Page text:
Not a lot of Crockers come to market because only around 100 of the v-twins were ever built between 1936 and 1942 and only 72 are known to still exist. Those that make it to auction invariably sell for spectacular numbers, and several have been rumoured to have changed hands privately for more than $500,000. This 1942 Crocker V Twin (Lot S69) is estimated $300,000 to $350,000
53/597
Not a lot of Crockers come to market because only around 100 of the v-twins were ever built between 1936 and 1942 and only 72 are known to still exist. Those that make it to auction invariably sell for spectacular numbers, and several have been rumoured to have changed hands privately for more than $500,000. This 1942 Crocker V Twin (Lot S69) is estimated $300,000 to $350,000
Not a lot of Crockers come to market because only around 100 of the v-twins were ever built between 1936 and 1942 and only 72 are known to still exist. Those that make it to auction invariably sell for spectacular numbers, and several have been rumoured to have changed hands privately for more than $500,000. This 1942 Crocker V Twin (Lot S69) is estimated $300,000 to $350,000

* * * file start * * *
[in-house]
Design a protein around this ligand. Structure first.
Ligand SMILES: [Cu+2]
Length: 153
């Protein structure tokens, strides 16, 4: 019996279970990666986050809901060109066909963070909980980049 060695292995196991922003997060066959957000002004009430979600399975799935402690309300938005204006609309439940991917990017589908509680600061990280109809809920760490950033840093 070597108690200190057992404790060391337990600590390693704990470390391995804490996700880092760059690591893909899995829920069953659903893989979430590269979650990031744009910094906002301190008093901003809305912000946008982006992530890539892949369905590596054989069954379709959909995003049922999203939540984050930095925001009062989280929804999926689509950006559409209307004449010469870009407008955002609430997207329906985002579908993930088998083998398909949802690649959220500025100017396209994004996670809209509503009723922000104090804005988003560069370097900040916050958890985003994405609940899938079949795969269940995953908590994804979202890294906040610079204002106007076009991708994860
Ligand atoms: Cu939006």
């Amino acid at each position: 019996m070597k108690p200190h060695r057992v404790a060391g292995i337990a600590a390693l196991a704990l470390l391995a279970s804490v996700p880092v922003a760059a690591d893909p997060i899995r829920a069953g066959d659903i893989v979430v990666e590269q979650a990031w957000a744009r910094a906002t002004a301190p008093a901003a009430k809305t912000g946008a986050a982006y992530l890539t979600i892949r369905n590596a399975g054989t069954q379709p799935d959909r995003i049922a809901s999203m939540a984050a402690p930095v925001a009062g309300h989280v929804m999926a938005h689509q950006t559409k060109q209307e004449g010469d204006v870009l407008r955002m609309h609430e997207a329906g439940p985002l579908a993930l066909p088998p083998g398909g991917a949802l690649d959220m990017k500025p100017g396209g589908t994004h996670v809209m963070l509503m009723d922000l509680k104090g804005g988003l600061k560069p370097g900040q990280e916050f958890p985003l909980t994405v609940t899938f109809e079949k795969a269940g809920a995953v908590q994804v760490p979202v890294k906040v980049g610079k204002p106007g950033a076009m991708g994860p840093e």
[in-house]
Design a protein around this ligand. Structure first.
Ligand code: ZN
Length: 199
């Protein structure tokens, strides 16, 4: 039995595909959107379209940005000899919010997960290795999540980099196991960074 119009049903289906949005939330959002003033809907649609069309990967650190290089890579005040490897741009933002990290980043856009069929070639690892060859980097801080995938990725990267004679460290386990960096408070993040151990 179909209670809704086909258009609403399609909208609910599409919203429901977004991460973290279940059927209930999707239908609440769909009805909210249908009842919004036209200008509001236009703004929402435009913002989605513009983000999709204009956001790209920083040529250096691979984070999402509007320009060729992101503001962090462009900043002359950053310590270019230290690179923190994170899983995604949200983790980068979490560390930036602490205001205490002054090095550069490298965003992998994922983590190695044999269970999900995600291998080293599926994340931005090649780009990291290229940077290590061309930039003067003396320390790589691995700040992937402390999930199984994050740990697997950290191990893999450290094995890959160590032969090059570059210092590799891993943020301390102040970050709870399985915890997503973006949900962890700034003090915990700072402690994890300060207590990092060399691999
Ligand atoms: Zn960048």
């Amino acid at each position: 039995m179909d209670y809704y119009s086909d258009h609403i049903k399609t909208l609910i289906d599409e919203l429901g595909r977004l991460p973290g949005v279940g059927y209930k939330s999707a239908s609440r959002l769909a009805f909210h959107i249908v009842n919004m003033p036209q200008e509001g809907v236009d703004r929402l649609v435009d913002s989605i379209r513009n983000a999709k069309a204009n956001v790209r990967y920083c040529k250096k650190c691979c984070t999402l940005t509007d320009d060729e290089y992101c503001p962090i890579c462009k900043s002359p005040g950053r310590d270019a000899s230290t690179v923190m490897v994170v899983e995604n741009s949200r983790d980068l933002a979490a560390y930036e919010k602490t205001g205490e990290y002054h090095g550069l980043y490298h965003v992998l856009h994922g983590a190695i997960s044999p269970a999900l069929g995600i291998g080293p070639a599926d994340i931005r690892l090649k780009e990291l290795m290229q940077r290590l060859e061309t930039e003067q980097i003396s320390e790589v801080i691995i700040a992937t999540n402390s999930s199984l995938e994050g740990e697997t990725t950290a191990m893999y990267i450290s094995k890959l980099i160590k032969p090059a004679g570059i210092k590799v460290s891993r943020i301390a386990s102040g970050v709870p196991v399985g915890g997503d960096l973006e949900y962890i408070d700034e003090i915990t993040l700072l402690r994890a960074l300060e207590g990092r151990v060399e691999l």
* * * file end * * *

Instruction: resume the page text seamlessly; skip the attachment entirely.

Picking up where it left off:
54/597
Not a lot of Crockers come to market because only around 100 of the v-twins were ever built between 1936 and 1942 and only 72 are known to still exist. Those that make it to auction invariably sell for spectacular numbers, and several have been rumoured to have changed hands privately for more than $500,000. This 1942 Crocker V Twin (Lot S69) is estimated $300,000 to $350,000
Not a lot of Crockers come to market because only around 100 of the v-twins were ever built between 1936 and 1942 and only 72 are known to still exist. Those that make it to auction invariably sell for spectacular numbers, and several have been rumoured to have changed hands privately for more than $500,000. This 1942 Crocker V Twin (Lot S69) is estimated $300,000 to $350,000
55/597
Not a lot of Crockers come to market because only around 100 of the v-twins were ever built between 1936 and 1942 and only 72 are known to still exist. Those that make it to auction invariably sell for spectacular numbers, and several have been rumoured to have changed hands privately for more than $500,000. This 1942 Crocker V Twin (Lot S69) is estimated $300,000 to $350,000